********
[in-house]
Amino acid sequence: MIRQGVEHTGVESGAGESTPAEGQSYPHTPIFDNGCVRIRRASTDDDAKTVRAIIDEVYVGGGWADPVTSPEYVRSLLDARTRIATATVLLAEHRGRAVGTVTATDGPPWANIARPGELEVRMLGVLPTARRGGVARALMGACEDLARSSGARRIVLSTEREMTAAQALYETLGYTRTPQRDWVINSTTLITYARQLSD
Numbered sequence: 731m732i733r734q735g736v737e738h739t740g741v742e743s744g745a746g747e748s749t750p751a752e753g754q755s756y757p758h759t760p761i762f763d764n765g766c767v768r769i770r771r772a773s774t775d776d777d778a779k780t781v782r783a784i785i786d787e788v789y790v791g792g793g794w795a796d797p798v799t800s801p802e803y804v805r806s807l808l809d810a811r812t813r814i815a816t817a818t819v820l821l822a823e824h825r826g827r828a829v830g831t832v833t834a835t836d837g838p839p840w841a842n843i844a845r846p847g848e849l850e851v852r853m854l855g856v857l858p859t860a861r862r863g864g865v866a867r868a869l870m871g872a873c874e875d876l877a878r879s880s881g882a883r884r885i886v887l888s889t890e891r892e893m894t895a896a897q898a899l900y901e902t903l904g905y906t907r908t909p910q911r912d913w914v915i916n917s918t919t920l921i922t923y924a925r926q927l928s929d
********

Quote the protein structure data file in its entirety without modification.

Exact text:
[in-house]
Amino acid sequence: MIRQGVEHTGVESGAGESTPAEGQSYPHTPIFDNGCVRIRRASTDDDAKTVRAIIDEVYVGGGWADPVTSPEYVRSLLDARTRIATATVLLAEHRGRAVGTVTATDGPPWANIARPGELEVRMLGVLPTARRGGVARALMGACEDLARSSGARRIVLSTEREMTAAQALYETLGYTRTPQRDWVINSTTLITYARQLSD
Numbered sequence: 731m732i733r734q735g736v737e738h739t740g741v742e743s744g745a746g747e748s749t750p751a752e753g754q755s756y757p758h759t760p761i762f763d764n765g766c767v768r769i770r771r772a773s774t775d776d777d778a779k780t781v782r783a784i785i786d787e788v789y790v791g792g793g794w795a796d797p798v799t800s801p802e803y804v805r806s807l808l809d810a811r812t813r814i815a816t817a818t819v820l821l822a823e824h825r826g827r828a829v830g831t832v833t834a835t836d837g838p839p840w841a842n843i844a845r846p847g848e849l850e851v852r853m854l855g856v857l858p859t860a861r862r863g864g865v866a867r868a869l870m871g872a873c874e875d876l877a878r879s880s881g882a883r884r885i886v887l888s889t890e891r892e893m894t895a896a897q898a899l900y901e902t903l904g905y906t907r908t909p910q911r912d913w914v915i916n917s918t919t920l921i922t923y924a925r926q927l928s929d